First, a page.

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How to deduct the gradient in spherical coordinates?

  1. Jul 30, 2013 #1
  2. jcsd
  3. Jul 30, 2013 #2

    vanhees71

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    The one given in Wikipedia is correct, or what is your question?
     
  4. Jul 30, 2013 #3
    Should be this one:

    [tex] \nabla f(r, \theta, \phi) = \frac{\partial f}{\partial r}\mathbf{e}_r+ \frac{1}{r}\frac{\partial f}{\partial \theta}\mathbf{e}_\theta+ \frac{1}{r \sin\theta}\frac{\partial f}{\partial \phi}\mathbf{e}_\phi [/tex]
     
  5. Jul 30, 2013 #4

    vanhees71

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    That's correct. Maybe you want to know, how to derive it?

    The point is to write
    [tex]\mathrm{d} \phi=\mathrm{d} \vec{r} \cdot \vec{\nabla} \phi=\mathrm{d} r \partial_r \phi + \mathrm{d} \vartheta \partial_{\vartheta} \phi + \mathrm{d} \varphi \partial_{\varphi}\phi
    [/tex]
    in terms of the normalized coordinate basis [itex](\vec{e}_r,\vec{e}_{\vartheta},\vec{e}_{\varphi})[/itex]. The term from the variation of [itex]r[/itex] is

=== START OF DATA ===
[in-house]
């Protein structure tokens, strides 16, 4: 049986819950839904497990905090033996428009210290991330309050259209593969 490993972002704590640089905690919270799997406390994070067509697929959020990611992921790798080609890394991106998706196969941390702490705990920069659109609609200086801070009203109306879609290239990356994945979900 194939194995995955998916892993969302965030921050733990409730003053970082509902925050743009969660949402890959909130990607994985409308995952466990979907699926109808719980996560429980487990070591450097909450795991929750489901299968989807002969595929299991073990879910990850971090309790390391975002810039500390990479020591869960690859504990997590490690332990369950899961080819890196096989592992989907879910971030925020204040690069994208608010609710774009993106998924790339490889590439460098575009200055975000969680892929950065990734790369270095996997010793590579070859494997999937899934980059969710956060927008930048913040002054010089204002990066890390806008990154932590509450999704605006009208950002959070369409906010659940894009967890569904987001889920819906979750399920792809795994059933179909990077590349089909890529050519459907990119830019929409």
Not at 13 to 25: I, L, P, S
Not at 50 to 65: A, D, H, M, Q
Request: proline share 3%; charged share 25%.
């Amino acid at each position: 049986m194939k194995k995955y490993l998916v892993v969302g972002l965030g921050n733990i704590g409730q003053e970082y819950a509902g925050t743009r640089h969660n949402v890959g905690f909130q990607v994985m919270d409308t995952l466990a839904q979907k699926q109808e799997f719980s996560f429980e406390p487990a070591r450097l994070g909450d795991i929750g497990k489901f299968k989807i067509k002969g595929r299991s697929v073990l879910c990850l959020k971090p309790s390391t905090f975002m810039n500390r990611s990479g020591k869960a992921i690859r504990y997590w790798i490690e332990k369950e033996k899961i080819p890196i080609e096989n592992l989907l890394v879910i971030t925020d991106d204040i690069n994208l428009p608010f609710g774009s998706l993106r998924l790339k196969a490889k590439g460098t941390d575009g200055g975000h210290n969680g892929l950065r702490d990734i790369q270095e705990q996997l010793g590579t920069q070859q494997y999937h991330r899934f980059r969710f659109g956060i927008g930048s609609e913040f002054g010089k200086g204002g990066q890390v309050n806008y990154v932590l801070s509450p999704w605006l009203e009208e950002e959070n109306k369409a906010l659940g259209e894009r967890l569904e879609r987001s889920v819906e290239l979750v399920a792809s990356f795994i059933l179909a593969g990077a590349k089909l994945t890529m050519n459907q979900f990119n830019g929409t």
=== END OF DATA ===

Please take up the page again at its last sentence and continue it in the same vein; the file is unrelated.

[tex]\mathrm{d} r \frac{\partial \vec{r}}{\partial r} \cdot \vec{\nabla} \phi=\mathrm{d} r \vec{e}_r \cdot \vec{\nabla} \phi.[/tex]
    Comparing the coefficients of [itex]\mathrm{d} r[/itex] gives
    [tex]\vec{e}_r \cdot \vec{\nabla} \phi=\partial_r \phi.[/tex]
    For the [itex]\vartheta[/itex] component
    [tex]\mathrm{d} \vartheta \frac{\partial \vec{r}}{\partial \vartheta} \cdot \vec{\nabla} \phi = r \vec{e}_{\vartheta} \cdot \vec{\nabla} \phi, \;\Rightarrow \; \vec{e}_{\vartheta} \cdot \vec{\nabla} \phi=\frac{1}{r} \partial_{\vartheta} \phi,[/tex]
    and for [itex]\mathrm{d} \varphi[/itex]
    [tex]\mathrm{d} \varphi \frac{\partial \vec{r}}{\partial \varphi} \cdot \vec{\nabla} \phi = r \sin \vartheta \vec{e}_{\vartheta} \cdot \vec{\nabla} \phi, \; \Rightarrow \; \vec{e}_{\varphi} \cdot \vec{\nabla} \phi=\frac{1}{r \sin \varphi} \partial_{\vartheta} \phi,[/tex]
     
  6. Jul 31, 2013 #5
    Now clear, thanks.
     
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